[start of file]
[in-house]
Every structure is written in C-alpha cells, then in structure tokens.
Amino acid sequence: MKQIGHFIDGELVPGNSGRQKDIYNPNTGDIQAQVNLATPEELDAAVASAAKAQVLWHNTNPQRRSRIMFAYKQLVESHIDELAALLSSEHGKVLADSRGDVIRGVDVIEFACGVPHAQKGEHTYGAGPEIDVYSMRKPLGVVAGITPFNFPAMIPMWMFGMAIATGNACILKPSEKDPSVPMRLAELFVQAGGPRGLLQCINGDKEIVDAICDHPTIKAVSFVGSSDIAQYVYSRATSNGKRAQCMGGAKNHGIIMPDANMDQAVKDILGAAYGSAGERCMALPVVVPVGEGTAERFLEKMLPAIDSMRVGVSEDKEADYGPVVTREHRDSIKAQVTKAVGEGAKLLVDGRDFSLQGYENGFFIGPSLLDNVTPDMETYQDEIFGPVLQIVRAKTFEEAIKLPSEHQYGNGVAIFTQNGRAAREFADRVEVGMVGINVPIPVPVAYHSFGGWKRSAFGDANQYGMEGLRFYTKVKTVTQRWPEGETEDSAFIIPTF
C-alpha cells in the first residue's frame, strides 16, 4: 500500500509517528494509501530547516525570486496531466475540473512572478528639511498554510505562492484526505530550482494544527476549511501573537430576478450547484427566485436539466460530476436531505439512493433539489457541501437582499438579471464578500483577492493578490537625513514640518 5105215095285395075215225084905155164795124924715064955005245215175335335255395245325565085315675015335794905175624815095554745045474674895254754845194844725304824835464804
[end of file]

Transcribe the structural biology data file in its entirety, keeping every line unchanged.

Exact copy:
[in-house]
Every structure is written in C-alpha cells, then in structure tokens.
Amino acid sequence: MKQIGHFIDGELVPGNSGRQKDIYNPNTGDIQAQVNLATPEELDAAVASAAKAQVLWHNTNPQRRSRIMFAYKQLVESHIDELAALLSSEHGKVLADSRGDVIRGVDVIEFACGVPHAQKGEHTYGAGPEIDVYSMRKPLGVVAGITPFNFPAMIPMWMFGMAIATGNACILKPSEKDPSVPMRLAELFVQAGGPRGLLQCINGDKEIVDAICDHPTIKAVSFVGSSDIAQYVYSRATSNGKRAQCMGGAKNHGIIMPDANMDQAVKDILGAAYGSAGERCMALPVVVPVGEGTAERFLEKMLPAIDSMRVGVSEDKEADYGPVVTREHRDSIKAQVTKAVGEGAKLLVDGRDFSLQGYENGFFIGPSLLDNVTPDMETYQDEIFGPVLQIVRAKTFEEAIKLPSEHQYGNGVAIFTQNGRAAREFADRVEVGMVGINVPIPVPVAYHSFGGWKRSAFGDANQYGMEGLRFYTKVKTVTQRWPEGETEDSAFIIPTF
C-alpha cells in the first residue's frame, strides 16, 4: 500500500509517528494509501530547516525570486496531466475540473512572478528639511498554510505562492484526505530550482494544527476549511501573537430576478450547484427566485436539466460530476436531505439512493433539489457541501437582499438579471464578500483577492493578490537625513514640518 5105215095285395075215225084905155164795124924715064955005245215175335335255395245325565085315675015335794905175624815095554745045474674895254754845194844725304824835464804